﻿ Java Programming Exercises - Backtracking

## Implement a backtracking algorithmus to solve Sudokus

degree of difficulty: 1

Sudoku is a mathematical puzzle based on a 9 x 9 matrix. This matrix is subdivided into 3 x 3 submatrices. The aim of the game is to complete a partial filled matrix with numbers from 1 to 9 such that every number occurs exactly once in every row, column und 3 x 3 submatrix. With backtracking all combinations can be systematically found.

To decide efficiently whether a new number is allowed to place in a field, you should think of an data structure with which for a given row r and column c the nubmer z can be placed into the field or not. This data structure is similiar to the one used for the eight queens problem.

Solution

## Generate new random Sudokus

degree of difficulty: 2

Before solving this Java programming exercises you should have finished the Java backtracking algorithm to solve Sudokus.

You can create new Sudoku puzzles by inserting `n` random numbers in the range from 1 - 9 and checking for each new number, whether the rules of the game still apply or not. After that, you can call the backtracking algorithm to solve the new Sudoku: if a solution have been found, your Java programm has created a new Sudoku puzzle; if not, you start the whole process again.

This method is able to create new Sudoku puzzles with a certain probability 0 < p < 1. It is unlikly, but possible, that your algorithm never terminates. But when it terminates, the result is always correct. Such algorithms based on randomize creation of problem solutions are called .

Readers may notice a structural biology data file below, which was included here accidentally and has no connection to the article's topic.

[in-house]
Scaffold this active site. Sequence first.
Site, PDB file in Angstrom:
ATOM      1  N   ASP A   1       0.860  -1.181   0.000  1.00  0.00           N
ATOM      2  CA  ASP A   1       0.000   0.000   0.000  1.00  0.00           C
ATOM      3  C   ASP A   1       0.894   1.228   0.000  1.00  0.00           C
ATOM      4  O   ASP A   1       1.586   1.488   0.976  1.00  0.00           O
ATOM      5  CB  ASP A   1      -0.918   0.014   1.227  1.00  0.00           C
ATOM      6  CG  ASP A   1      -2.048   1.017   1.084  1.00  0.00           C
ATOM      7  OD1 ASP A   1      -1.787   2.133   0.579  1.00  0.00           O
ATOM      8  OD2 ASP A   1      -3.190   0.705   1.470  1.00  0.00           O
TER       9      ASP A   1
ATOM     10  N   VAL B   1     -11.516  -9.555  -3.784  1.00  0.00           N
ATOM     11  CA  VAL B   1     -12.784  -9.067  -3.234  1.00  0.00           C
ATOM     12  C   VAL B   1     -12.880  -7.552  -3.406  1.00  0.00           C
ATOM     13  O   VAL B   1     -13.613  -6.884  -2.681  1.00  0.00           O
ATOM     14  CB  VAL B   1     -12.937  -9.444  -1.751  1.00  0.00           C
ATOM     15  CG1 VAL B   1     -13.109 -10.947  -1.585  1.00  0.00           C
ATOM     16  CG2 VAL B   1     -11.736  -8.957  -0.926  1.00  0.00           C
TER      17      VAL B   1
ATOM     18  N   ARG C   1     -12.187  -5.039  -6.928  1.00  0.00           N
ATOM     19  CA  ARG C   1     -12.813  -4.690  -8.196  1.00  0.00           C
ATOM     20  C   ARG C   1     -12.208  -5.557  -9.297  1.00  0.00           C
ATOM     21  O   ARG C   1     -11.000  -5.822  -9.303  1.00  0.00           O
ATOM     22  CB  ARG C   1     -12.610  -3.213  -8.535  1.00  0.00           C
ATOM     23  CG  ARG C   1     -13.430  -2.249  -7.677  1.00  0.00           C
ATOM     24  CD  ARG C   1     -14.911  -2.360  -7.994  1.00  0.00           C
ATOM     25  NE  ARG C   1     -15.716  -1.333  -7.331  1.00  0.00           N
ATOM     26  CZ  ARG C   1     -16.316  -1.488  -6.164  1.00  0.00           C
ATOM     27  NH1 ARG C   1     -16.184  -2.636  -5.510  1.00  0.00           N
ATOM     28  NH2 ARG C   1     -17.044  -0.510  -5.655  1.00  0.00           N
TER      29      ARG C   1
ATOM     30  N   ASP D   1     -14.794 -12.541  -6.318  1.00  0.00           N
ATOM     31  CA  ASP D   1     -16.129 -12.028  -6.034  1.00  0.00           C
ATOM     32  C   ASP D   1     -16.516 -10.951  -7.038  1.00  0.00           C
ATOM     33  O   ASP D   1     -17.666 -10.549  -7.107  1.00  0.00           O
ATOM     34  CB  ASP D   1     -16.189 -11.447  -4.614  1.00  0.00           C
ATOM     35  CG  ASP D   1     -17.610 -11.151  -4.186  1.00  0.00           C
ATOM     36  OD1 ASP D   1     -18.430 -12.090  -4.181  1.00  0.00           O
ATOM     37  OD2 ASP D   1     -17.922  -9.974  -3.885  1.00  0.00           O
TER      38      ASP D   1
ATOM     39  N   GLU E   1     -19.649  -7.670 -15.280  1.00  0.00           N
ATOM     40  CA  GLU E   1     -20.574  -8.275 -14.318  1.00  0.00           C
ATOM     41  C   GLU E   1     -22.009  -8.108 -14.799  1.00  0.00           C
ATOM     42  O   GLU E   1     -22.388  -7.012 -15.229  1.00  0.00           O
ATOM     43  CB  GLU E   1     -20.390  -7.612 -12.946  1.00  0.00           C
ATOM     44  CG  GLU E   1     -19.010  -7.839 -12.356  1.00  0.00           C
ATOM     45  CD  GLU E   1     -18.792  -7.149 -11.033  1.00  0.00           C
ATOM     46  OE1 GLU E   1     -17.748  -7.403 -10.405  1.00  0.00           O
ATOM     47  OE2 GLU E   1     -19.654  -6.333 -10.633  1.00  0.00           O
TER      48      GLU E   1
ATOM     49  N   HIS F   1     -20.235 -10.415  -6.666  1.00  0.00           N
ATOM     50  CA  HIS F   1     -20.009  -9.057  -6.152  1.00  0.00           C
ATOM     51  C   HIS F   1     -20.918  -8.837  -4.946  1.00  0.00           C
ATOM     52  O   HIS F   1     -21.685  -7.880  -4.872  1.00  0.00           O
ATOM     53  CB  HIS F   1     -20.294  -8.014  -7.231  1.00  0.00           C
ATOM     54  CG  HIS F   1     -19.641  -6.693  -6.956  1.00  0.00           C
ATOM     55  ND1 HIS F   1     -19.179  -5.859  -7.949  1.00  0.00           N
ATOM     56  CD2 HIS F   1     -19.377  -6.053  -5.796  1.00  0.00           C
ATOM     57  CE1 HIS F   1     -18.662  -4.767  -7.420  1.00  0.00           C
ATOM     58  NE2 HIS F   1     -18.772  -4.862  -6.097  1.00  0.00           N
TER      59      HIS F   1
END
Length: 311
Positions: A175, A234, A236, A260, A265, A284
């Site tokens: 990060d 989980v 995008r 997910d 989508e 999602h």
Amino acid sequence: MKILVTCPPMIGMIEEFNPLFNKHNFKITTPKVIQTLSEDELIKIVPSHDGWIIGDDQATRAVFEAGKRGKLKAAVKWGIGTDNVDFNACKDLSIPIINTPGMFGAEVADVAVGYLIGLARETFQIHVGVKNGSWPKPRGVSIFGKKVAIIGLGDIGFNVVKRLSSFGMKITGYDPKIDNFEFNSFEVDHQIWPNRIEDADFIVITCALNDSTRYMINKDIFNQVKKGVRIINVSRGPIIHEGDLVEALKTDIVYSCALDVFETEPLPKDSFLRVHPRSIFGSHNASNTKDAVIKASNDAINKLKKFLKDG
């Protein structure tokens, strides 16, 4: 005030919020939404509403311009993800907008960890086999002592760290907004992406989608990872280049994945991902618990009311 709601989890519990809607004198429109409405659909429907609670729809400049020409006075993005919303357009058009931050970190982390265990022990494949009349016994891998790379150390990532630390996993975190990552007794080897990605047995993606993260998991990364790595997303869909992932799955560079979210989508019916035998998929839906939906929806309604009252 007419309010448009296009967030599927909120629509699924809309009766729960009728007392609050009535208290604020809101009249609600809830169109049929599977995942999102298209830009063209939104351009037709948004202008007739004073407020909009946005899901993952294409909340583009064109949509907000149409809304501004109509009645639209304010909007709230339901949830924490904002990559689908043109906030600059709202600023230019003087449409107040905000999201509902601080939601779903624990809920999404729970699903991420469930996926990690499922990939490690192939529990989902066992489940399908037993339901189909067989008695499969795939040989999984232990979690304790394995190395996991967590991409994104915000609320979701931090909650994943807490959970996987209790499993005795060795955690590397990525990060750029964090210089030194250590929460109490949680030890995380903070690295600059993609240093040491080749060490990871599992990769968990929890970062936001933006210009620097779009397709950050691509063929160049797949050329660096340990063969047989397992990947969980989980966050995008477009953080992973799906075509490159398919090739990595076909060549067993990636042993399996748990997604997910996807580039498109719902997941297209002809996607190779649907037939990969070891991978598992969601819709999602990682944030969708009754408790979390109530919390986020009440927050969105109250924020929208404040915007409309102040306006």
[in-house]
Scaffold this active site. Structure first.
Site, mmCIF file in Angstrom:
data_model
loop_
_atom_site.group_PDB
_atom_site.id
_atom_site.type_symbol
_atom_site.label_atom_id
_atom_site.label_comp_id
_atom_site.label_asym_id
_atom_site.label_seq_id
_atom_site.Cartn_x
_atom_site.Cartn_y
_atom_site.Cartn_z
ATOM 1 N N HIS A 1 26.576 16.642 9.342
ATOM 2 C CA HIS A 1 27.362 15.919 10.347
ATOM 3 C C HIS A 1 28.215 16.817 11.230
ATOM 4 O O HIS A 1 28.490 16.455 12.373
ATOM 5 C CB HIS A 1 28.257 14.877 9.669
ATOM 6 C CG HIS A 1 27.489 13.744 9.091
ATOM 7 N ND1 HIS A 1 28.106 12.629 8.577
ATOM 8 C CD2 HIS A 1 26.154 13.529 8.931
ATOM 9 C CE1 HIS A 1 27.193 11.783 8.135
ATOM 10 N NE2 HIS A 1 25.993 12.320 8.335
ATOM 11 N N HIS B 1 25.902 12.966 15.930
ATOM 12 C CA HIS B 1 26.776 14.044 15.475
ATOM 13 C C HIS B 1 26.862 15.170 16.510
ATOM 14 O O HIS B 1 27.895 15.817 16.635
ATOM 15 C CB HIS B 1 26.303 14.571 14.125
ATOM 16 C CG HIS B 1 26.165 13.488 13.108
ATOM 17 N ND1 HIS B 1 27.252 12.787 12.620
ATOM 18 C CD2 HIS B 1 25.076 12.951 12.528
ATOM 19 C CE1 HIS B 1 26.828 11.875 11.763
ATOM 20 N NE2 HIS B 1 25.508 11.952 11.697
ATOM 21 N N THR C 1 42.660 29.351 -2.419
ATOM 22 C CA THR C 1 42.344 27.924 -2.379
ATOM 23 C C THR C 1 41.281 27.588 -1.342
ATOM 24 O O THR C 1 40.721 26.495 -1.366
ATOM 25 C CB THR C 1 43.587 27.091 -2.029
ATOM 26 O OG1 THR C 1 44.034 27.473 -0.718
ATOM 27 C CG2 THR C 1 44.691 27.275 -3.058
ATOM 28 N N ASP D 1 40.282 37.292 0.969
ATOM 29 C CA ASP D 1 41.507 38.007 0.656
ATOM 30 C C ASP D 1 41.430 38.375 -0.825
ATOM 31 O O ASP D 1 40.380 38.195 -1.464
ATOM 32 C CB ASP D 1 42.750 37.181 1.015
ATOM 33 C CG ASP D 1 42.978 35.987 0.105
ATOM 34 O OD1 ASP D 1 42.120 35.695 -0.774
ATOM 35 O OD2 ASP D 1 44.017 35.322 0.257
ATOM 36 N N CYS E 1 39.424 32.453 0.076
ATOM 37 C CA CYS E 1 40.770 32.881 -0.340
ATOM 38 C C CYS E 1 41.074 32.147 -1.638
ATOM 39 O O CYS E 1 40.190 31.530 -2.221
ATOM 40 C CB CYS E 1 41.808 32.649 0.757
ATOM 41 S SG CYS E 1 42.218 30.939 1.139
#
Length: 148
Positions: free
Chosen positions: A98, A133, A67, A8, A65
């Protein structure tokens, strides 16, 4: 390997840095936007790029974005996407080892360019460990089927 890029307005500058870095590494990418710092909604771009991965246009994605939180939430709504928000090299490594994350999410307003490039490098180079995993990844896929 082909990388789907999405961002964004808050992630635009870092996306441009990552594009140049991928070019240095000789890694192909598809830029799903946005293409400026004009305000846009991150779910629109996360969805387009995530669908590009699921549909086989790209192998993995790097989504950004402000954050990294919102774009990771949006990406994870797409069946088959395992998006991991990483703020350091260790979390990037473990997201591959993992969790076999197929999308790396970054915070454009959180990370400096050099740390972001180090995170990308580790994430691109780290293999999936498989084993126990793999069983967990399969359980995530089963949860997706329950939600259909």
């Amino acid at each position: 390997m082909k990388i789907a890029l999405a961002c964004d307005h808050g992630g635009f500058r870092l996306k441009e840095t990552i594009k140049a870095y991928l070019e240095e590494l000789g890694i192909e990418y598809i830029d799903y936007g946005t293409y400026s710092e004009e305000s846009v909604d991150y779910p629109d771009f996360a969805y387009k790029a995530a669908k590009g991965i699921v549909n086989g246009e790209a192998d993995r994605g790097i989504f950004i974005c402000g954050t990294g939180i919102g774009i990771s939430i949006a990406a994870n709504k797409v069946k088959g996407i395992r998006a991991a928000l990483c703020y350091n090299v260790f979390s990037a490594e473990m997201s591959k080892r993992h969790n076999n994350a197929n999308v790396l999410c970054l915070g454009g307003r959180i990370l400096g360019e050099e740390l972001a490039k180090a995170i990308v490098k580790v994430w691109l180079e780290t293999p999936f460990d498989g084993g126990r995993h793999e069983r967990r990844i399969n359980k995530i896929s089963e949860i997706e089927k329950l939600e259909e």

Add a Java method that creates new Sudoku puzzles with `n` numbers to the existing backtracking algorithm.

## Solve English peg solitaire with backtracking degree of difficulty: 1

English peg solitare is a puzzle where the board has the form of a cross. It consists of 32 fields. 31 of these fields contain a peg. The single field in the middle of the board is empty. (We mark a peg with X and an empty field with O in the following examples)

The rules of this game a simple:

• you can take a peg and jump over another neighbouring peg
• the peg you jumped over is removed from the board
• you solved the puzzle if at the end only on peg exists and is located in the middle of the board

At the start there are only a few possible moves, but the choices are increasing during the game.

The following tables give the initial position of the pegs and subsequent moves.

 X X X X X X X X X X X X X X X X O X X X X X X X X X X X X X X X X
-->
 X X X X X X X X X X X X X X O O X X X X X X X X X X X X X X X X X
-->
 X X X X X X X X X X X X X X O X X X X X X X O X X X X O X X X X X
-->
 X X X X X X X X X X X X X X O X X X X X X X X O O X X O X X X X X
more moves ... -->
 O O O O O O O O O O O O O O O O X O O O O O O O O O O O O O O O O

Implement a recusive backtracking algorithm in Java, that finds a solution to this puzzle. The solution can be stored as a sequence of boards: one for each move. The board should be implemented as a Java class with an internal 7x7 matrix. In the backtracking algorithm you must compute all possible jumps for a given situation.

With a 2.2 Ghz Athlon 64 I found a solution within 200 ms. Without heuristics or optimizations to the code. A solution can be found with brute-force.